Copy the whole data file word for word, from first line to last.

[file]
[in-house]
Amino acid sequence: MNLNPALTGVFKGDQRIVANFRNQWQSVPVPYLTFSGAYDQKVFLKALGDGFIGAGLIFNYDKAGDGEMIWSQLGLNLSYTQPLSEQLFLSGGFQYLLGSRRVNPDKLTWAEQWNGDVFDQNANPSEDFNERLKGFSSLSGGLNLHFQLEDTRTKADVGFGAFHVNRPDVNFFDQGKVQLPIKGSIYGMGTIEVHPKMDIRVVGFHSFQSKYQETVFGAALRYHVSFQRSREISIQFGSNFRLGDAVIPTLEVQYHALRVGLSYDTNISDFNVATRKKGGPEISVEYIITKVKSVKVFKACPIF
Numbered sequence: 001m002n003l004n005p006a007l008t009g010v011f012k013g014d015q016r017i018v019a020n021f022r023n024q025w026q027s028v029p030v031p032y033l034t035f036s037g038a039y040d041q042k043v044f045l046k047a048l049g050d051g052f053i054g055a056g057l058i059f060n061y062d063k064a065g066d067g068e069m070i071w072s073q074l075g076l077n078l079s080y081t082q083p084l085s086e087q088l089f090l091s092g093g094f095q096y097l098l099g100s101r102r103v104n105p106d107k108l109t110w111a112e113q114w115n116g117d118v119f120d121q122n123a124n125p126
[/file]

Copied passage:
[in-house]
Amino acid sequence: MNLNPALTGVFKGDQRIVANFRNQWQSVPVPYLTFSGAYDQKVFLKALGDGFIGAGLIFNYDKAGDGEMIWSQLGLNLSYTQPLSEQLFLSGGFQYLLGSRRVNPDKLTWAEQWNGDVFDQNANPSEDFNERLKGFSSLSGGLNLHFQLEDTRTKADVGFGAFHVNRPDVNFFDQGKVQLPIKGSIYGMGTIEVHPKMDIRVVGFHSFQSKYQETVFGAALRYHVSFQRSREISIQFGSNFRLGDAVIPTLEVQYHALRVGLSYDTNISDFNVATRKKGGPEISVEYIITKVKSVKVFKACPIF
Numbered sequence: 001m002n003l004n005p006a007l008t009g010v011f012k013g014d015q016r017i018v019a020n021f022r023n024q025w026q027s028v029p030v031p032y033l034t035f036s037g038a039y040d041q042k043v044f045l046k047a048l049g050d051g052f053i054g055a056g057l058i059f060n061y062d063k064a065g066d067g068e069m070i071w072s073q074l075g076l077n078l079s080y081t082q083p084l085s086e087q088l089f090l091s092g093g094f095q096y097l098l099g100s101r102r103v104n105p106d107k108l109t110w111a112e113q114w115n116g117d118v119f120d121q122n123a124n125p126